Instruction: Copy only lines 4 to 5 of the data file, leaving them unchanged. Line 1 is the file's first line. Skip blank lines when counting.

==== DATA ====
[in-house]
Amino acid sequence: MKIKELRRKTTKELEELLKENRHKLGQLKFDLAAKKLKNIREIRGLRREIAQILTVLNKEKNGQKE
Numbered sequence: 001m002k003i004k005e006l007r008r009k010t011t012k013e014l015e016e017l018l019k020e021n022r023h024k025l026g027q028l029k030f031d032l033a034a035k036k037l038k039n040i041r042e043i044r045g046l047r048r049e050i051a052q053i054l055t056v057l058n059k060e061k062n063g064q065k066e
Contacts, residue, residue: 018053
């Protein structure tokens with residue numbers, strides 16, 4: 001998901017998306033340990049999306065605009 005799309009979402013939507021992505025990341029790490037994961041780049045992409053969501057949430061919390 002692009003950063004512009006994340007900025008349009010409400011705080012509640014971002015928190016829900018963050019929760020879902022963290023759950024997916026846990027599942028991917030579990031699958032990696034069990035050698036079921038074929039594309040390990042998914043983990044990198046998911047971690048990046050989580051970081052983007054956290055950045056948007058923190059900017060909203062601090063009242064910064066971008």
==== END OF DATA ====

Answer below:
Contacts, residue, residue: 018053
């Protein structure tokens with residue numbers, strides 16, 4: 001998901017998306033340990049999306065605009 005799309009979402013939507021992505025990341029790490037994961041780049045992409053969501057949430061919390 002692009003950063004512009006994340007900025008349009010409400011705080012509640014971002015928190016829900018963050019929760020879902022963290023759950024997916026846990027599942028991917030579990031699958032990696034069990035050698036079921038074929039594309040390990042998914043983990044990198046998911047971690048990046050989580051970081052983007054956290055950045056948007058923190059900017060909203062601090063009242064910064066971008």